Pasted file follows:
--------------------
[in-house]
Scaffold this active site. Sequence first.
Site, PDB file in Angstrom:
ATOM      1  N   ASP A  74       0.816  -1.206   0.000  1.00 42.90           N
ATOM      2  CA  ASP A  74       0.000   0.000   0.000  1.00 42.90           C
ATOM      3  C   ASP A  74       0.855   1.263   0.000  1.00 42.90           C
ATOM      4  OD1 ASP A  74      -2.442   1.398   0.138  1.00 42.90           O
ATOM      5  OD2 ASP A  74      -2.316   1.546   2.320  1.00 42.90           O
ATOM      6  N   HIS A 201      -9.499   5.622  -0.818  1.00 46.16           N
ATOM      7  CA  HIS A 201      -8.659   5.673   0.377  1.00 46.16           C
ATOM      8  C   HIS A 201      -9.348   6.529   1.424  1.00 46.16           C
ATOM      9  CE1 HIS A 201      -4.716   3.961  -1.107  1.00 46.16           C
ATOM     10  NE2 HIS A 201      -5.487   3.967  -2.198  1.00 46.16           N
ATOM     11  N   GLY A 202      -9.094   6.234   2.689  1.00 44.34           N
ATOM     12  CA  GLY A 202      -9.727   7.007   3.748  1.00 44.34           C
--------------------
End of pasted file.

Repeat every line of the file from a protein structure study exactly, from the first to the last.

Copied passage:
[in-house]
Scaffold this active site. Sequence first.
Site, PDB file in Angstrom:
ATOM      1  N   ASP A  74       0.816  -1.206   0.000  1.00 42.90           N
ATOM      2  CA  ASP A  74       0.000   0.000   0.000  1.00 42.90           C
ATOM      3  C   ASP A  74       0.855   1.263   0.000  1.00 42.90           C
ATOM      4  OD1 ASP A  74      -2.442   1.398   0.138  1.00 42.90           O
ATOM      5  OD2 ASP A  74      -2.316   1.546   2.320  1.00 42.90           O
ATOM      6  N   HIS A 201      -9.499   5.622  -0.818  1.00 46.16           N
ATOM      7  CA  HIS A 201      -8.659   5.673   0.377  1.00 46.16           C
ATOM      8  C   HIS A 201      -9.348   6.529   1.424  1.00 46.16           C
ATOM      9  CE1 HIS A 201      -4.716   3.961  -1.107  1.00 46.16           C
ATOM     10  NE2 HIS A 201      -5.487   3.967  -2.198  1.00 46.16           N
ATOM     11  N   GLY A 202      -9.094   6.234   2.689  1.00 44.34           N
ATOM     12  CA  GLY A 202      -9.727   7.007   3.748  1.00 44.34           C